Fan Response:
Animedia
March 1998 Issue






Main
Old Updates Archive
Links

          Lists

List of Pokémon
Pokémon World Atlas
List of Techniques
List of Items
List of TV Episodes

         Guides

Episode Comparisons
Movies & Specials Guide
CD Guide
DVD Guide

Voice Actors Guide
Lyrics Archive
Manga Guide
Video Games


  Miscellaneous

Humor

Pokémon Bashing
Features
Rants


E-Mail Me

 
Dogasu's Backpack | Features | Pokémon Shock

Previous
Next



How did anime fans respond to Pocket Monsters being taken off the air after "Cyber Soldier Porygon" sent hundreds of kids to the hospital? The March 1998 issue of Animedia may help provide us with clues.

The issue has a cover date of March 1st, 1998.


Letters to the Editor



This month's issue contains almost nothing but reader letters regarding the Pokémon Shock incident. Based on the comments in the letters / art gallery it seems as though a lot of these were written immediately after the incident, meaning this was probably the first issue which covered the incident.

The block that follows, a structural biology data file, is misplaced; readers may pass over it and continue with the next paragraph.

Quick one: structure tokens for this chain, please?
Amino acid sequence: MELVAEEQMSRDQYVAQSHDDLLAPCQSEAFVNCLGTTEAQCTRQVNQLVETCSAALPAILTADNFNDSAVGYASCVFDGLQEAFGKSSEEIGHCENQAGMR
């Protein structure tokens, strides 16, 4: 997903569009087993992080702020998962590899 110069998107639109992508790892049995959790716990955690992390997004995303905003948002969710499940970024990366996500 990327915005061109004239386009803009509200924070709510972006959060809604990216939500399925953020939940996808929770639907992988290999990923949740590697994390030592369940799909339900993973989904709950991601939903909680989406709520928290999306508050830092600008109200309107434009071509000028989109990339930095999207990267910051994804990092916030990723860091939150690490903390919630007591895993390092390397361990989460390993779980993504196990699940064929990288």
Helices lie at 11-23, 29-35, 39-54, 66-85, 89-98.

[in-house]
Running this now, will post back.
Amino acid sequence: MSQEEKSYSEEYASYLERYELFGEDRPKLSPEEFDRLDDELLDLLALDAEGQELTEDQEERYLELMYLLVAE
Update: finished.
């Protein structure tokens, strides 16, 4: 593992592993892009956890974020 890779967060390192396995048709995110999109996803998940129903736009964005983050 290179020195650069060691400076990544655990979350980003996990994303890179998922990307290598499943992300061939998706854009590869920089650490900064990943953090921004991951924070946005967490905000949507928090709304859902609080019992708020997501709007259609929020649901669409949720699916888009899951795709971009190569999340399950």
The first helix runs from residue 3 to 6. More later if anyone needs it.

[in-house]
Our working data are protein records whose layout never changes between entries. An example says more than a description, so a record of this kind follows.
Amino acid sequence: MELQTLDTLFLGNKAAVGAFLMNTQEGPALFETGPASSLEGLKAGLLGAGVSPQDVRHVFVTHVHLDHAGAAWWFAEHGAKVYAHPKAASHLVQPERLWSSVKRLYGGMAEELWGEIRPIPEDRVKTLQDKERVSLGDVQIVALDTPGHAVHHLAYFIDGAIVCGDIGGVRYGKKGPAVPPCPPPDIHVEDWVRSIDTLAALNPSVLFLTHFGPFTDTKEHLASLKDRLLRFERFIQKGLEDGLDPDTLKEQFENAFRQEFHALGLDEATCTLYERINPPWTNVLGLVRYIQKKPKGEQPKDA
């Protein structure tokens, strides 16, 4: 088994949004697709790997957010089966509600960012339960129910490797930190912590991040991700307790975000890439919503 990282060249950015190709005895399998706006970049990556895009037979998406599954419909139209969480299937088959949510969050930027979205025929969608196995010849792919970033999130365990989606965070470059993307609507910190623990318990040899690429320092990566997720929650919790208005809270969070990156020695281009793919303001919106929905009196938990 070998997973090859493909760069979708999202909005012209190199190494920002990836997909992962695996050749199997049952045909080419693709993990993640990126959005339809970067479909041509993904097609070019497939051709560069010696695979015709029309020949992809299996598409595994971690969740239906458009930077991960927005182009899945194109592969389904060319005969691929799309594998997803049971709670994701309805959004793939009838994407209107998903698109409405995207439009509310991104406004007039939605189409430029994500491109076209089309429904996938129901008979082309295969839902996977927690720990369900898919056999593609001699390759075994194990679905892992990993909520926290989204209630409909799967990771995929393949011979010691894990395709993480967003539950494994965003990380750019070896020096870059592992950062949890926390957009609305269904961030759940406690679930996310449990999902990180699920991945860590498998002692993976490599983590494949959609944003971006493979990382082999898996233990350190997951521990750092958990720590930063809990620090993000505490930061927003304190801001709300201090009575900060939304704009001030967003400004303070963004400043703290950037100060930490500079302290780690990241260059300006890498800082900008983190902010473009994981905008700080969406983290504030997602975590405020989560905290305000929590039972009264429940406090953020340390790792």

Let's start with the two long-ish letters on Page 72.

Letter 1

Hoping for "Pokémon" to return as soon as possible
After watching the December 16th broadcast of "Pokémon" Episode 38, a lot of people all over the country suffered from convulsions and dizziness, one after the other. It became the top story on TV and in the papers, and the number of victims climbed up to more than 600 people. I hope the victims (most of whom are children) all get better soon but also, as both an animation fan and a mother of two elementary school kids myself, want to share my opinions on the matter.